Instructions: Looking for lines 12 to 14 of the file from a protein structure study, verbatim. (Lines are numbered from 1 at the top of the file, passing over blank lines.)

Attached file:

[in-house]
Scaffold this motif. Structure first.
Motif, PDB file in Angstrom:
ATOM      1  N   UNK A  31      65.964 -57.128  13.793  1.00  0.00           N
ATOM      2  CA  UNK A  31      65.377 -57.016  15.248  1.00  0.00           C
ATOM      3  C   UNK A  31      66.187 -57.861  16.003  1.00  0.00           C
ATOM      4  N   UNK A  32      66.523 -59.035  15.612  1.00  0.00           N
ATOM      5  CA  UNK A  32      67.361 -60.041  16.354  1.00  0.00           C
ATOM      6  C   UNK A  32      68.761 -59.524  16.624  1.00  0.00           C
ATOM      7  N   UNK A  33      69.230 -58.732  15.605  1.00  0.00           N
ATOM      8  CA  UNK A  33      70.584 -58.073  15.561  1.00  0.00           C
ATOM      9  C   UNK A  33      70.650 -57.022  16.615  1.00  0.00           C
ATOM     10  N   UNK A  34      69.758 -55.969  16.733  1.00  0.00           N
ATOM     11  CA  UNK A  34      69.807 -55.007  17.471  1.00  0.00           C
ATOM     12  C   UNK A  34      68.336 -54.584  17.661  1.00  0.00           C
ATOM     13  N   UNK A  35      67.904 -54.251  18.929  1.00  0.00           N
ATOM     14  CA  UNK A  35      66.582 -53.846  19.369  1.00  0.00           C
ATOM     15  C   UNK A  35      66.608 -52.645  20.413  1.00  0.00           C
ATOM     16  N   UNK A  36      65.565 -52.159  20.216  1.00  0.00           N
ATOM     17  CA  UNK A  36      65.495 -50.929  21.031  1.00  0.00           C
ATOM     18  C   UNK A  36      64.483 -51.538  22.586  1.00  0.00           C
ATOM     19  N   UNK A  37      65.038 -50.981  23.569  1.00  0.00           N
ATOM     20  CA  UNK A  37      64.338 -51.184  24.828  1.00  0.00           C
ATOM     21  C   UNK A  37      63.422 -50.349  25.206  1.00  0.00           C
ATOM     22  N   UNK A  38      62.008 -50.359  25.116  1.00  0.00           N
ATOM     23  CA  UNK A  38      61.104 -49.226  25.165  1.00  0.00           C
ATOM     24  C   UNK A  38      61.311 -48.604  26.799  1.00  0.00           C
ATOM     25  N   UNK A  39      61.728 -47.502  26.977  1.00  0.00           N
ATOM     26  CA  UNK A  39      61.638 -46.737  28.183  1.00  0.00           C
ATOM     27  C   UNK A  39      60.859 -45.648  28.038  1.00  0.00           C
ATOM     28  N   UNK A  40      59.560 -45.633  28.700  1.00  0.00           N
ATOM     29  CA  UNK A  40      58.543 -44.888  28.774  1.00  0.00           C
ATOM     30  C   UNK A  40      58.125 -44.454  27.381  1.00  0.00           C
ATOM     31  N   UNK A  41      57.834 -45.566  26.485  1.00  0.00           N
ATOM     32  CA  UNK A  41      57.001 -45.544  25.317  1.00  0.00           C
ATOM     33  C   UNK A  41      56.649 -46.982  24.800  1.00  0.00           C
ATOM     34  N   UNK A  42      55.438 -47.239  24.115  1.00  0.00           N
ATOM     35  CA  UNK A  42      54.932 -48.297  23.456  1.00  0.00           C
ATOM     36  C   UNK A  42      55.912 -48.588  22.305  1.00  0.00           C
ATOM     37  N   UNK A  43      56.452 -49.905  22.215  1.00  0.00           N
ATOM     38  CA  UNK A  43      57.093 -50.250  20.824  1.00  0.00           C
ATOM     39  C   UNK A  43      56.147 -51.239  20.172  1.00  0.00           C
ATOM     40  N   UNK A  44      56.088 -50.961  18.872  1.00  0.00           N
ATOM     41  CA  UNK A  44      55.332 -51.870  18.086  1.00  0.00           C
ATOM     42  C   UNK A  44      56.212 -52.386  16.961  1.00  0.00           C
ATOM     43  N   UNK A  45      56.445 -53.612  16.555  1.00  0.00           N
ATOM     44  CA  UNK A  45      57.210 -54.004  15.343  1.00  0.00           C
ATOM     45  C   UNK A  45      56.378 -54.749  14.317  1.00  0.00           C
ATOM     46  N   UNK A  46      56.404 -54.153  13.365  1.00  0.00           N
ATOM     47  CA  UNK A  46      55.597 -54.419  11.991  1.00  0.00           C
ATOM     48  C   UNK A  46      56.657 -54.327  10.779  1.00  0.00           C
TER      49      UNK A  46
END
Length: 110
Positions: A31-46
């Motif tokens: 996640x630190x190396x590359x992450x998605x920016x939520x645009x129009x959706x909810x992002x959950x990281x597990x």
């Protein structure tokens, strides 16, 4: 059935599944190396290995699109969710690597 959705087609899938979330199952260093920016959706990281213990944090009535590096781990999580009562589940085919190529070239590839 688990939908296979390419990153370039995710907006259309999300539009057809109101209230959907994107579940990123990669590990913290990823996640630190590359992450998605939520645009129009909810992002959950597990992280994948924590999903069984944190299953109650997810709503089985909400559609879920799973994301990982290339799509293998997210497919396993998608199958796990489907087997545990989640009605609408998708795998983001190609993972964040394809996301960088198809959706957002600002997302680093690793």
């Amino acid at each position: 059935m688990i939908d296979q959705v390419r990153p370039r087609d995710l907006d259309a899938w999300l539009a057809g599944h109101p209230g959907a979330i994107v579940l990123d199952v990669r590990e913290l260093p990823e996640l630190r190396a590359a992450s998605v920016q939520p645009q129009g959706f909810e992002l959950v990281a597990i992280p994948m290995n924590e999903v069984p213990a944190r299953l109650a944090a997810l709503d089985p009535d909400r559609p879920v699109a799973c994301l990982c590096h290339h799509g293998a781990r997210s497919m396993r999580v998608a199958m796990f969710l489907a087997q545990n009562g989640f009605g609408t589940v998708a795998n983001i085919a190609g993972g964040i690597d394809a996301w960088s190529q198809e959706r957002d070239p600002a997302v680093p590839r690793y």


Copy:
ATOM      9  C   UNK A  33      70.650 -57.022  16.615  1.00  0.00           C
ATOM     10  N   UNK A  34      69.758 -55.969  16.733  1.00  0.00           N
ATOM     11  CA  UNK A  34      69.807 -55.007  17.471  1.00  0.00           C